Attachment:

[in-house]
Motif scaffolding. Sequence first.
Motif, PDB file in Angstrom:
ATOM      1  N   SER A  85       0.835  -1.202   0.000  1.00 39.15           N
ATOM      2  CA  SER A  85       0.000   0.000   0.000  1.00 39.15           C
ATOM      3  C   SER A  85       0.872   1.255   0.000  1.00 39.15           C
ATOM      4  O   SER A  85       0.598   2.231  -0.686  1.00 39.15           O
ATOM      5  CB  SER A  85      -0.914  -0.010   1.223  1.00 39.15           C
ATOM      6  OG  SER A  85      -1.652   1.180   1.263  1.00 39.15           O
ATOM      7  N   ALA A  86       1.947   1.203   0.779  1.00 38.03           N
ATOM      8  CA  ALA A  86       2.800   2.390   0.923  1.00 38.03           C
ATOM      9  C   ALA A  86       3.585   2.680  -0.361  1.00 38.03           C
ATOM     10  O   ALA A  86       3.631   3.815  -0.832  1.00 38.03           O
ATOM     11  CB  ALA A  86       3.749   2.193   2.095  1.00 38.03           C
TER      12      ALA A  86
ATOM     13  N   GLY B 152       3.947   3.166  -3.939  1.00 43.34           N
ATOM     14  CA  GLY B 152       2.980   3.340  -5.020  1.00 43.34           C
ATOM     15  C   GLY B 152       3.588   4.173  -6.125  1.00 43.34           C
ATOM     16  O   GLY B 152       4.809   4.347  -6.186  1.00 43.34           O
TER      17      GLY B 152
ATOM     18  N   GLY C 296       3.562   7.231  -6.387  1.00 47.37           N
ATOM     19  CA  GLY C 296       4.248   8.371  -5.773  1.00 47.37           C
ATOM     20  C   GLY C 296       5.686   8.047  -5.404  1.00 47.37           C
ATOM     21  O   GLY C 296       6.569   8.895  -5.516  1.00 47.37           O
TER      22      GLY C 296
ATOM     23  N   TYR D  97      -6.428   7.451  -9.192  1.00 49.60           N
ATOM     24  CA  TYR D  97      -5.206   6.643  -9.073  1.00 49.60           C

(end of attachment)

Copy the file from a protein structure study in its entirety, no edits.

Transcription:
[in-house]
Motif scaffolding. Sequence first.
Motif, PDB file in Angstrom:
ATOM      1  N   SER A  85       0.835  -1.202   0.000  1.00 39.15           N
ATOM      2  CA  SER A  85       0.000   0.000   0.000  1.00 39.15           C
ATOM      3  C   SER A  85       0.872   1.255   0.000  1.00 39.15           C
ATOM      4  O   SER A  85       0.598   2.231  -0.686  1.00 39.15           O
ATOM      5  CB  SER A  85      -0.914  -0.010   1.223  1.00 39.15           C
ATOM      6  OG  SER A  85      -1.652   1.180   1.263  1.00 39.15           O
ATOM      7  N   ALA A  86       1.947   1.203   0.779  1.00 38.03           N
ATOM      8  CA  ALA A  86       2.800   2.390   0.923  1.00 38.03           C
ATOM      9  C   ALA A  86       3.585   2.680  -0.361  1.00 38.03           C
ATOM     10  O   ALA A  86       3.631   3.815  -0.832  1.00 38.03           O
ATOM     11  CB  ALA A  86       3.749   2.193   2.095  1.00 38.03           C
TER      12      ALA A  86
ATOM     13  N   GLY B 152       3.947   3.166  -3.939  1.00 43.34           N
ATOM     14  CA  GLY B 152       2.980   3.340  -5.020  1.00 43.34           C
ATOM     15  C   GLY B 152       3.588   4.173  -6.125  1.00 43.34           C
ATOM     16  O   GLY B 152       4.809   4.347  -6.186  1.00 43.34           O
TER      17      GLY B 152
ATOM     18  N   GLY C 296       3.562   7.231  -6.387  1.00 47.37           N
ATOM     19  CA  GLY C 296       4.248   8.371  -5.773  1.00 47.37           C
ATOM     20  C   GLY C 296       5.686   8.047  -5.404  1.00 47.37           C
ATOM     21  O   GLY C 296       6.569   8.895  -5.516  1.00 47.37           O
TER      22      GLY C 296
ATOM     23  N   TYR D  97      -6.428   7.451  -9.192  1.00 49.60           N
ATOM     24  CA  TYR D  97      -5.206   6.643  -9.073  1.00 49.60           C